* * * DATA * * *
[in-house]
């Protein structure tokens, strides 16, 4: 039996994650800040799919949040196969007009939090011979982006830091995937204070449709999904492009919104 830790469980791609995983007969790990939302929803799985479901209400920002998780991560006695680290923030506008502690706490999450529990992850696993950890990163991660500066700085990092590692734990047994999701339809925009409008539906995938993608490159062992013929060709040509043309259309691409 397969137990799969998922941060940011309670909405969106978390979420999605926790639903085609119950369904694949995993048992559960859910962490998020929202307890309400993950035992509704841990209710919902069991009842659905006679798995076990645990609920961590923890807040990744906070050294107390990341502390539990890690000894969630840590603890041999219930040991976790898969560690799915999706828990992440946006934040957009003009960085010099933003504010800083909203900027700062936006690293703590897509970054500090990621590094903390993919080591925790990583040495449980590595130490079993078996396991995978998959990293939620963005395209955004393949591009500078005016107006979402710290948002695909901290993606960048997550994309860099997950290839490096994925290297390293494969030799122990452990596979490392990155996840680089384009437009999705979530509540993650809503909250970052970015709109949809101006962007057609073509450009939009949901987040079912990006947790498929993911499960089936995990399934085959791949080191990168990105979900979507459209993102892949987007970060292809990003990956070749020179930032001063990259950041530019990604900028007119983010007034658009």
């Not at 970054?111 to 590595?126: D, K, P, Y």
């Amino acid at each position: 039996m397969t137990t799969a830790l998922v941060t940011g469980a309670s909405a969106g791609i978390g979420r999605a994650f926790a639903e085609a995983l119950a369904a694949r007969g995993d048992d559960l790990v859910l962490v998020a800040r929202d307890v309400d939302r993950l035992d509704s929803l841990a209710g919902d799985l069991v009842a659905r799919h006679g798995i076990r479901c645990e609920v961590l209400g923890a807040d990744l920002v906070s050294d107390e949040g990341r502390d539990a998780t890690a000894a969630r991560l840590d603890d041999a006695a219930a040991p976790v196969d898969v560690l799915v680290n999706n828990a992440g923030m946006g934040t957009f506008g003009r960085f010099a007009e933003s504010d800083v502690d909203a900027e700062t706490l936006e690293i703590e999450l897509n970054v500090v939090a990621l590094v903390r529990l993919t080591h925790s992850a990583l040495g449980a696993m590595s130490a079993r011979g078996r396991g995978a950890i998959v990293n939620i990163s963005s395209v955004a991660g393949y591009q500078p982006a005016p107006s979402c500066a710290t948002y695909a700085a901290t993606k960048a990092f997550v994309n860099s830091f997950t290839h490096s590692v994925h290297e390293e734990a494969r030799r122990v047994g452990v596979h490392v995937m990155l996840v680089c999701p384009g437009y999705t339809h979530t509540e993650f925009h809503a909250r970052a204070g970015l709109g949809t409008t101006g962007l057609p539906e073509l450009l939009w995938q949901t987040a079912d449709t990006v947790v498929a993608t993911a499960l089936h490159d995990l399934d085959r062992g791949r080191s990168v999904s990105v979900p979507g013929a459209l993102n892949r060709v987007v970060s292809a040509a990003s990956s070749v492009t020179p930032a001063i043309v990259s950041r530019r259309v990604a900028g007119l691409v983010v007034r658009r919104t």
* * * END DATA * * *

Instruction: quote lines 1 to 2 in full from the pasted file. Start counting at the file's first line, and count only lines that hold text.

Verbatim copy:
[in-house]
């Protein structure tokens, strides 16, 4: 039996994650800040799919949040196969007009939090011979982006830091995937204070449709999904492009919104 830790469980791609995983007969790990939302929803799985479901209400920002998780991560006695680290923030506008502690706490999450529990992850696993950890990163991660500066700085990092590692734990047994999701339809925009409008539906995938993608490159062992013929060709040509043309259309691409 397969137990799969998922941060940011309670909405969106978390979420999605926790639903085609119950369904694949995993048992559960859910962490998020929202307890309400993950035992509704841990209710919902069991009842659905006679798995076990645990609920961590923890807040990744906070050294107390990341502390539990890690000894969630840590603890041999219930040991976790898969560690799915999706828990992440946006934040957009003009960085010099933003504010800083909203900027700062936006690293703590897509970054500090990621590094903390993919080591925790990583040495449980590595130490079993078996396991995978998959990293939620963005395209955004393949591009500078005016107006979402710290948002695909901290993606960048997550994309860099997950290839490096994925290297390293494969030799122990452990596979490392990155996840680089384009437009999705979530509540993650809503909250970052970015709109949809101006962007057609073509450009939009949901987040079912990006947790498929993911499960089936995990399934085959791949080191990168990105979900979507459209993102892949987007970060292809990003990956070749020179930032001063990259950041530019990604900028007119983010007034658009």